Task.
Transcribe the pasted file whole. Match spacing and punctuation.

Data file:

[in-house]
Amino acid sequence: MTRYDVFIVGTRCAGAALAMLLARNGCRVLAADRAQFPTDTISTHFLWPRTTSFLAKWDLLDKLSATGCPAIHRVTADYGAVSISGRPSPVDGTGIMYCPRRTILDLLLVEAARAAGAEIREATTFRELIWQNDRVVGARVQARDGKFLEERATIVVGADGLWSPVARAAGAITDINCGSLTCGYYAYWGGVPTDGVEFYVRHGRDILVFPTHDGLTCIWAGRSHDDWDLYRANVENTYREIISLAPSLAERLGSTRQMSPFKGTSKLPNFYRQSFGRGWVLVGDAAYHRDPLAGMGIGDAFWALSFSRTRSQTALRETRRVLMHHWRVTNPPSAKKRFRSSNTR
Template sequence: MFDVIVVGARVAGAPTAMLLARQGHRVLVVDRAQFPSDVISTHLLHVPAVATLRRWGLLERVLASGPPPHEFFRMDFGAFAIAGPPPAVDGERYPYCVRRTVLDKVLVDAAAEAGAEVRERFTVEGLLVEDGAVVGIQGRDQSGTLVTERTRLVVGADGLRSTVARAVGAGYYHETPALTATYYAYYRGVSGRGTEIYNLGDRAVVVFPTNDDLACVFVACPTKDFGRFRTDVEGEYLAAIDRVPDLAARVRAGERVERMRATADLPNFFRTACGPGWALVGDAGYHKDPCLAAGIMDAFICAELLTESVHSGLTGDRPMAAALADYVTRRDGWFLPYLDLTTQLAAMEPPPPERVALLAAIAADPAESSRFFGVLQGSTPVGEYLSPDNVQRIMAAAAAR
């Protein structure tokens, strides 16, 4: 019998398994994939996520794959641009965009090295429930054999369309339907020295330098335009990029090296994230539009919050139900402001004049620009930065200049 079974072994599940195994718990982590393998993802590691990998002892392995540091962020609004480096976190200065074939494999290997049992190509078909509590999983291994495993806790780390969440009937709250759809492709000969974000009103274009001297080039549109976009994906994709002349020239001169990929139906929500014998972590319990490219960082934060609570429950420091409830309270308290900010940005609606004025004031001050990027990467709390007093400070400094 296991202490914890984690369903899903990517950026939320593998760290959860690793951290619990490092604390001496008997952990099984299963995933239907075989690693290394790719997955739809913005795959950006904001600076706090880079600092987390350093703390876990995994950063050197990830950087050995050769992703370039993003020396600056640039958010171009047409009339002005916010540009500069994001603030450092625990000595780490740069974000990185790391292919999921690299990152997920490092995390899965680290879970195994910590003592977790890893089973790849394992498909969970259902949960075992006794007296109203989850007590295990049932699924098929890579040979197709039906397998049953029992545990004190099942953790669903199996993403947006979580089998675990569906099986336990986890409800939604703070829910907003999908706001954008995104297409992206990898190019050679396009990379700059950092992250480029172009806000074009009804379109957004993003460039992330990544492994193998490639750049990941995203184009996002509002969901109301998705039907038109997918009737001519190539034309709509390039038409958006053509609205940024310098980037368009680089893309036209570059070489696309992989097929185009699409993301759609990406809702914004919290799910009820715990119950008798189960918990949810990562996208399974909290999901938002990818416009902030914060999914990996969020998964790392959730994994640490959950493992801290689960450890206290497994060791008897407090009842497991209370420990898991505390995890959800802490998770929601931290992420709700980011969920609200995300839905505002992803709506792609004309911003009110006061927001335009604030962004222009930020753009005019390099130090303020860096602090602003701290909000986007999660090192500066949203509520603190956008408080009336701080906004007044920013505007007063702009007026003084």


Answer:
[in-house]
Amino acid sequence: MTRYDVFIVGTRCAGAALAMLLARNGCRVLAADRAQFPTDTISTHFLWPRTTSFLAKWDLLDKLSATGCPAIHRVTADYGAVSISGRPSPVDGTGIMYCPRRTILDLLLVEAARAAGAEIREATTFRELIWQNDRVVGARVQARDGKFLEERATIVVGADGLWSPVARAAGAITDINCGSLTCGYYAYWGGVPTDGVEFYVRHGRDILVFPTHDGLTCIWAGRSHDDWDLYRANVENTYREIISLAPSLAERLGSTRQMSPFKGTSKLPNFYRQSFGRGWVLVGDAAYHRDPLAGMGIGDAFWALSFSRTRSQTALRETRRVLMHHWRVTNPPSAKKRFRSSNTR
Template sequence: MFDVIVVGARVAGAPTAMLLARQGHRVLVVDRAQFPSDVISTHLLHVPAVATLRRWGLLERVLASGPPPHEFFRMDFGAFAIAGPPPAVDGERYPYCVRRTVLDKVLVDAAAEAGAEVRERFTVEGLLVEDGAVVGIQGRDQSGTLVTERTRLVVGADGLRSTVARAVGAGYYHETPALTATYYAYYRGVSGRGTEIYNLGDRAVVVFPTNDDLACVFVACPTKDFGRFRTDVEGEYLAAIDRVPDLAARVRAGERVERMRATADLPNFFRTACGPGWALVGDAGYHKDPCLAAGIMDAFICAELLTESVHSGLTGDRPMAAALADYVTRRDGWFLPYLDLTTQLAAMEPPPPERVALLAAIAADPAESSRFFGVLQGSTPVGEYLSPDNVQRIMAAAAAR
């Protein structure tokens, strides 16, 4: 019998398994994939996520794959641009965009090295429930054999369309339907020295330098335009990029090296994230539009919050139900402001004049620009930065200049 079974072994599940195994718990982590393998993802590691990998002892392995540091962020609004480096976190200065074939494999290997049992190509078909509590999983291994495993806790780390969440009937709250759809492709000969974000009103274009001297080039549109976009994906994709002349020239001169990929139906929500014998972590319990490219960082934060609570429950420091409830309270308290900010940005609606004025004031001050990027990467709390007093400070400094 296991202490914890984690369903899903990517950026939320593998760290959860690793951290619990490092604390001496008997952990099984299963995933239907075989690693290394790719997955739809913005795959950006904001600076706090880079600092987390350093703390876990995994950063050197990830950087050995050769992703370039993003020396600056640039958010171009047409009339002005916010540009500069994001603030450092625990000595780490740069974000990185790391292919999921690299990152997920490092995390899965680290879970195994910590003592977790890893089973790849394992498909969970259902949960075992006794007296109203989850007590295990049932699924098929890579040979197709039906397998049953029992545990004190099942953790669903199996993403947006979580089998675990569906099986336990986890409800939604703070829910907003999908706001954008995104297409992206990898190019050679396009990379700059950092992250480029172009806000074009009804379109957004993003460039992330990544492994193998490639750049990941995203184009996002509002969901109301998705039907038109997918009737001519190539034309709509390039038409958006053509609205940024310098980037368009680089893309036209570059070489696309992989097929185009699409993301759609990406809702914004919290799910009820715990119950008798189960918990949810990562996208399974909290999901938002990818416009902030914060999914990996969020998964790392959730994994640490959950493992801290689960450890206290497994060791008897407090009842497991209370420990898991505390995890959800802490998770929601931290992420709700980011969920609200995300839905505002992803709506792609004309911003009110006061927001335009604030962004222009930020753009005019390099130090303020860096602090602003701290909000986007999660090192500066949203509520603190956008408080009336701080906004007044920013505007007063702009007026003084």